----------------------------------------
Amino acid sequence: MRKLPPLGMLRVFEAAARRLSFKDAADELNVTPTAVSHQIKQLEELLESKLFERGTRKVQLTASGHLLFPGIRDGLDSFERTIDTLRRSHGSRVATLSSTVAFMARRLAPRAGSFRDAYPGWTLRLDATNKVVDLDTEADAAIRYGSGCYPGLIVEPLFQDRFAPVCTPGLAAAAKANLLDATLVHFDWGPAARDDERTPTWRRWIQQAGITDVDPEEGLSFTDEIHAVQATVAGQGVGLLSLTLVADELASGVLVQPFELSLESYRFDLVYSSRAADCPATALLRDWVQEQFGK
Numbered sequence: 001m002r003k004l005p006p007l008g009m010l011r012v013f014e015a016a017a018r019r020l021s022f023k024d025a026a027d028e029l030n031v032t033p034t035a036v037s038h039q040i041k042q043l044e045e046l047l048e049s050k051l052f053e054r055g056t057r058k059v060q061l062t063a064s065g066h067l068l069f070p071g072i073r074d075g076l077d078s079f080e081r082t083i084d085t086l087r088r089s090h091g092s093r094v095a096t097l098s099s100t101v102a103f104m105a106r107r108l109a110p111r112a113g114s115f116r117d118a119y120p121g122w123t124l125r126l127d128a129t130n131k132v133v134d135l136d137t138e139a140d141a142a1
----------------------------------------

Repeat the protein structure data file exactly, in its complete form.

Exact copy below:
Amino acid sequence: MRKLPPLGMLRVFEAAARRLSFKDAADELNVTPTAVSHQIKQLEELLESKLFERGTRKVQLTASGHLLFPGIRDGLDSFERTIDTLRRSHGSRVATLSSTVAFMARRLAPRAGSFRDAYPGWTLRLDATNKVVDLDTEADAAIRYGSGCYPGLIVEPLFQDRFAPVCTPGLAAAAKANLLDATLVHFDWGPAARDDERTPTWRRWIQQAGITDVDPEEGLSFTDEIHAVQATVAGQGVGLLSLTLVADELASGVLVQPFELSLESYRFDLVYSSRAADCPATALLRDWVQEQFGK
Numbered sequence: 001m002r003k004l005p006p007l008g009m010l011r012v013f014e015a016a017a018r019r020l021s022f023k024d025a026a027d028e029l030n031v032t033p034t035a036v037s038h039q040i041k042q043l044e045e046l047l048e049s050k051l052f053e054r055g056t057r058k059v060q061l062t063a064s065g066h067l068l069f070p071g072i073r074d075g076l077d078s079f080e081r082t083i084d085t086l087r088r089s090h091g092s093r094v095a096t097l098s099s100t101v102a103f104m105a106r107r108l109a110p111r112a113g114s115f116r117d118a119y120p121g122w123t124l125r126l127d128a129t130n131k132v133v134d135l136d137t138e139a140d141a142a1